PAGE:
May 29, 2012

Don't Sit Under the Alumni Files

North Hall at Lake Forest College is an old residence hall. My guess is that it was all men or all women--these were the days before co-ed living facilities on college campuses. The building was renovated in the fifties or sixties to house the College administration. Business office on the first floor, President's Office on the second, and the alumni and development office on the third. On the fourth floor, which was never really renovated, the old dorm rooms house file cabinets--one after the other, full of alumni records. Every bit of information is in those files, from the student's original application to the College to any note or letter that was ever sent to him/her as an alum of the College. The files fill a number of the rooms on the fourth floor of North Hall, and I can tell you that it is a bit disconcerting to be sitting in an office on the third floor, thinking of all that weight one floor up. Hey, it's an old building! I often sat there wondering when that file cabinet with Richard Widmark's file (he was a graduate of the College and a former acting teacher) would end up in my lap! Trust me, it is hard to concentrate with thoughts like that running through your mind.

Now, I haven't been on the 4th floor of North Hall in many years, and I am guessing that by now all of the files have been digitized and the file cabinets are gone. Beside the safety factor, there was simply a problem that at one point (in the not too distant future) the College would run out of room up on the 4th floor. So I am guessing that the College has solved the storage problem in North Hall and utilized a much more appropriate storage system for alumni records. However those files were stored, I can assure you that they are still darn important to the gift officers at Lake Forest College. Those files contained the material that we used to do the first prospect research in the College's history.

These were in the days before electronic wealth screening, before Nexus Lexus, before you could get just about any public record on your desktop (or your phone for that matter). When an appointment with an alum was set, someone would trudge up to the 4th floor and pull the file, so that we could learn as much as possible about the individual with whom we would be visiting. We would manage our prospects on 3x5 cards, keeping tidbits of information on those cards and putting the larger reports (memos on visits, copies of letters) back in their file on the 4th floor.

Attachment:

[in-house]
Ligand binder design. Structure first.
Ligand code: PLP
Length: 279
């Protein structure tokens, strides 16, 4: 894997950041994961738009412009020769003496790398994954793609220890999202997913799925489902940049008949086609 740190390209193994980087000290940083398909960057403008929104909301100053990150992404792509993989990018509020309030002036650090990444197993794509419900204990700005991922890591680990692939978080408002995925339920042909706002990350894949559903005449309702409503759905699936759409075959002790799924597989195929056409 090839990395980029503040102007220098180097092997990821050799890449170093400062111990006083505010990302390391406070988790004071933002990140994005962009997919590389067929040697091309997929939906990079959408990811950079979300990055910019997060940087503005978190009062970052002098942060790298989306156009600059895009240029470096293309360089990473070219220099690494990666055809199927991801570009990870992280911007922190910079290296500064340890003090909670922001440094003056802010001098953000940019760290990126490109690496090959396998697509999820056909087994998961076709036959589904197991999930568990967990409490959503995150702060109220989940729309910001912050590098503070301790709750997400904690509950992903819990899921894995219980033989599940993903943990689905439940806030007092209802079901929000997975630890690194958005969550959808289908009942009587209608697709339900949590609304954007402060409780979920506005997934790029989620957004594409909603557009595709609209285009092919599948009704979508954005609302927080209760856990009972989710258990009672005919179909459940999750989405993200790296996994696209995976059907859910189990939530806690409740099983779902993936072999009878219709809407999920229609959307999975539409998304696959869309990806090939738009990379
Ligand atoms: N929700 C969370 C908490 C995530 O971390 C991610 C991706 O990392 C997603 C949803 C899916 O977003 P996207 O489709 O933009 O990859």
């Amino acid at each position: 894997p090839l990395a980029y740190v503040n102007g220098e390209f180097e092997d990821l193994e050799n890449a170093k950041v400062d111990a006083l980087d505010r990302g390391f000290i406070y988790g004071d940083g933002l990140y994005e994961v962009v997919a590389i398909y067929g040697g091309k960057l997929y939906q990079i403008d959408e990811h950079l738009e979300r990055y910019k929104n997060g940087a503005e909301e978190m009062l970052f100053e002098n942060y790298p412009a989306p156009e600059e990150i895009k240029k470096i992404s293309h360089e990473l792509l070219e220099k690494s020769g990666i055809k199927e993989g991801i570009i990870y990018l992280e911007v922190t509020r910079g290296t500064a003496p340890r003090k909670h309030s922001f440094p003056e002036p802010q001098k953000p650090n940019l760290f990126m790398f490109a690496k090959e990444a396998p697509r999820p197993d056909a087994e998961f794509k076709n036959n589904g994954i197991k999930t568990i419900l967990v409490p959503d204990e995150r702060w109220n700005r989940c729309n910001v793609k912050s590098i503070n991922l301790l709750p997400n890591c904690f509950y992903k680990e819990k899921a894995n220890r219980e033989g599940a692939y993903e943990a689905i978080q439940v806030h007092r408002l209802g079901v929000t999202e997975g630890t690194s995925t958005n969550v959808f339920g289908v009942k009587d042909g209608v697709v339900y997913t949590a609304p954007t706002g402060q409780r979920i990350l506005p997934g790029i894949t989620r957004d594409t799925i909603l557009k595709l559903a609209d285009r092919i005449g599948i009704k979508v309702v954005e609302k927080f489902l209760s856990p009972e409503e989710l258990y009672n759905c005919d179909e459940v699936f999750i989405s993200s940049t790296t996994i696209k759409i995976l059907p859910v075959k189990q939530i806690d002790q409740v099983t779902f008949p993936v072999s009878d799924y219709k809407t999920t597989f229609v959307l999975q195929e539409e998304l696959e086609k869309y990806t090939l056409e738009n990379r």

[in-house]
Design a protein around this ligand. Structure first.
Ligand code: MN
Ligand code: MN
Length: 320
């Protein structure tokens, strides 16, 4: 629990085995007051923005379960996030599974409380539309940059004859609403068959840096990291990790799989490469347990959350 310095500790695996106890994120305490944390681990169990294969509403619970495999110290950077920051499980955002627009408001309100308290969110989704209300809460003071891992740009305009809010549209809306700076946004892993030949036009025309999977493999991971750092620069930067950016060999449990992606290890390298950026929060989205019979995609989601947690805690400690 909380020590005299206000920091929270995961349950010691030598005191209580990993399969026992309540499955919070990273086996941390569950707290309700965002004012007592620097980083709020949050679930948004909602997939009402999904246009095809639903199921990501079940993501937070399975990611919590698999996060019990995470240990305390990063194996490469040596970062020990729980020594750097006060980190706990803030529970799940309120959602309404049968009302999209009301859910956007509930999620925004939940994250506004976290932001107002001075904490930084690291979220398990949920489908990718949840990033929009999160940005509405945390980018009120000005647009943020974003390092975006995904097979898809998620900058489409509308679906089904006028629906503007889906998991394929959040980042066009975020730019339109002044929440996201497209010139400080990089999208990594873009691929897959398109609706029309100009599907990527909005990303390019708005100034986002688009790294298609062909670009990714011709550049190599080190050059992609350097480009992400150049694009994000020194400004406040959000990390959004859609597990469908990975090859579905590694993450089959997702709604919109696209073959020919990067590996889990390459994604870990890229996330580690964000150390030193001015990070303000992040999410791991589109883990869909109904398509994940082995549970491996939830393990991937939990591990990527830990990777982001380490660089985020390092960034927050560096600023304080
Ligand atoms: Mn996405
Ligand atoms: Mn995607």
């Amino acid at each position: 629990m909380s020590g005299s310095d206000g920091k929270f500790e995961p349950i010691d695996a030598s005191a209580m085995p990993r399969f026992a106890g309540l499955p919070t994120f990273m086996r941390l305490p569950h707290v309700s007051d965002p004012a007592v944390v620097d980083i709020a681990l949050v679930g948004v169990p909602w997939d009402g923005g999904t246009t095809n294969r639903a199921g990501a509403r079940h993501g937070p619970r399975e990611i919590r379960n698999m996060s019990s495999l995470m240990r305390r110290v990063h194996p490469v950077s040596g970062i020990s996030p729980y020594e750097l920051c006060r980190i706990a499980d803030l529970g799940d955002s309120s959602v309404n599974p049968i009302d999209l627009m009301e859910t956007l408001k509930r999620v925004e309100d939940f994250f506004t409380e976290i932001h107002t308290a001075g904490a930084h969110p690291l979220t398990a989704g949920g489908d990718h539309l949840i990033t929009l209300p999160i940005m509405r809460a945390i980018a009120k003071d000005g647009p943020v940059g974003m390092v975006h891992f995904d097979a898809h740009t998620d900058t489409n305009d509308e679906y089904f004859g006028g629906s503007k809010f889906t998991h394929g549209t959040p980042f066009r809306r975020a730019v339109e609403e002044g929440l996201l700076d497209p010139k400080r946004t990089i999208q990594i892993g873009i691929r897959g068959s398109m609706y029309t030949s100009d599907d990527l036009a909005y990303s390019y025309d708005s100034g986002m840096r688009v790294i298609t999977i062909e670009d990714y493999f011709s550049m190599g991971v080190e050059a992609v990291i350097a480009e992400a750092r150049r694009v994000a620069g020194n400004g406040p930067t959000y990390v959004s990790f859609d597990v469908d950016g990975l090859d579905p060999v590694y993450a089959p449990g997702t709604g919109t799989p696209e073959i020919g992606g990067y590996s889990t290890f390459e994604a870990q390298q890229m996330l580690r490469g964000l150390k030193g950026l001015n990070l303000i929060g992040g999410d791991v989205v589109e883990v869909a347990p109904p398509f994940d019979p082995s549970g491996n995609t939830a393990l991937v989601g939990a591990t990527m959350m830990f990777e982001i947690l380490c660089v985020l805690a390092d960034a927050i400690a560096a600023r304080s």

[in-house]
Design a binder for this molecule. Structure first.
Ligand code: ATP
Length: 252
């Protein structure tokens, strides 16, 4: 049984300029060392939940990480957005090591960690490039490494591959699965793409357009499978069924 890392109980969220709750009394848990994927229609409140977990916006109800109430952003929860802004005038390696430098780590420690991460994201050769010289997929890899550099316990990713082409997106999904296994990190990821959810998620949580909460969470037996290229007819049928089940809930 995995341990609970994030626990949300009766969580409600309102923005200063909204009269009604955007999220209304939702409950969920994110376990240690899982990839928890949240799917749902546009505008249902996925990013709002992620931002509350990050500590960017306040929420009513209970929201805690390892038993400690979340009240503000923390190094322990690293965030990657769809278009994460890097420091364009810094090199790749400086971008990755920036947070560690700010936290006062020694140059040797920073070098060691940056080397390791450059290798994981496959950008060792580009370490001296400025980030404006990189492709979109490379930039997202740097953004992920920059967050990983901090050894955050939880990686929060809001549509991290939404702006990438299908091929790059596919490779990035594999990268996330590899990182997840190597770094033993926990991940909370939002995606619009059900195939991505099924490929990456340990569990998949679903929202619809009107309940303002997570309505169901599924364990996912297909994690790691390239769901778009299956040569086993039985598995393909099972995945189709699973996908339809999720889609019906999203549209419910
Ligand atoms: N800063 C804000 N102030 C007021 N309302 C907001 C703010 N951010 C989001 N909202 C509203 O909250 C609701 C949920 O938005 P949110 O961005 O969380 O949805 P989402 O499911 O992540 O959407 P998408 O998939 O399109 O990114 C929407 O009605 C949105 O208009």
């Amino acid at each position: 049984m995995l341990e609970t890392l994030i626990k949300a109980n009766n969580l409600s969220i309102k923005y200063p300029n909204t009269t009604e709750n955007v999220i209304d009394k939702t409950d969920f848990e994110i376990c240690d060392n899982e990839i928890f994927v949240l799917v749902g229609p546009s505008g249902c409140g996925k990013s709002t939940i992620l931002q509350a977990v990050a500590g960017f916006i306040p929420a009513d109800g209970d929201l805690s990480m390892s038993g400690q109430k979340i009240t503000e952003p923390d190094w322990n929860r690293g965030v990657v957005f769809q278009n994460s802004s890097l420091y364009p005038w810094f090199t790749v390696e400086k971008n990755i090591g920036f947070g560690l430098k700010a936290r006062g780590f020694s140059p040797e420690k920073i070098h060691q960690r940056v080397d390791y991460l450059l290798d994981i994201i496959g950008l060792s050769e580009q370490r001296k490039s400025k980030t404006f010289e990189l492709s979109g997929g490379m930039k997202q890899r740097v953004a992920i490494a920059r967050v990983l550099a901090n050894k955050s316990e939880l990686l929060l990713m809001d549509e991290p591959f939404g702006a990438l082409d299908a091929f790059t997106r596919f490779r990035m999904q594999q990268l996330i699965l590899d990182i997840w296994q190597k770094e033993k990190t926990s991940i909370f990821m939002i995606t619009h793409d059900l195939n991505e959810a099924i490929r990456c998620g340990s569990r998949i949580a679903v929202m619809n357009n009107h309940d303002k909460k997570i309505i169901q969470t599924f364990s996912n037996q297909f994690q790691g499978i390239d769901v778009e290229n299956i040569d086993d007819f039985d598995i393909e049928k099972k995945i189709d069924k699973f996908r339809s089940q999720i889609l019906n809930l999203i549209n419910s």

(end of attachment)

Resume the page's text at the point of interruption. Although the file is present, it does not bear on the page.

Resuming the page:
Imagine! These days, we are blessed with all kinds of electronic methods to identify and manage prospects. If we don't know much about our database, wealth screening can help identify those with the capacity to give. More elaborate systems, like the one we offer at TW&B, can also predict inclination by studying an individual's philanthropic activities. Once you have identified a major prospect, you can research that individual yourself, or use one of the on-line services to pull a research report together. There are prospect research departments in larger advancement offices, but even one or two person shops can take advantage of on-line resources or free-lance prospect research services.

Of course, those alumni files still have enormous value from a research perspective. I can remember sitting for hours in my office, reviewing files, notes, letters, proposals sent to top College prospects. What a great way to get to know your prospects.

Technology may have replaced the alumni files on the 4th floor of North Hall, but it has not replaced the need to learn all that you can about your prospects before you make that important solicitation. Researching your prospects is an essential part of the solicitation process for major gifts. Whether you are climbing up to the top floor of your office building to sift through dusty files, or sitting in front of your desktop "Googling" your  upcoming prospects, don't forget to do your research before you make the call.

Written by

Gene Brandt

Gene S. Brandt is Of Counsel at TWB Fundraising.


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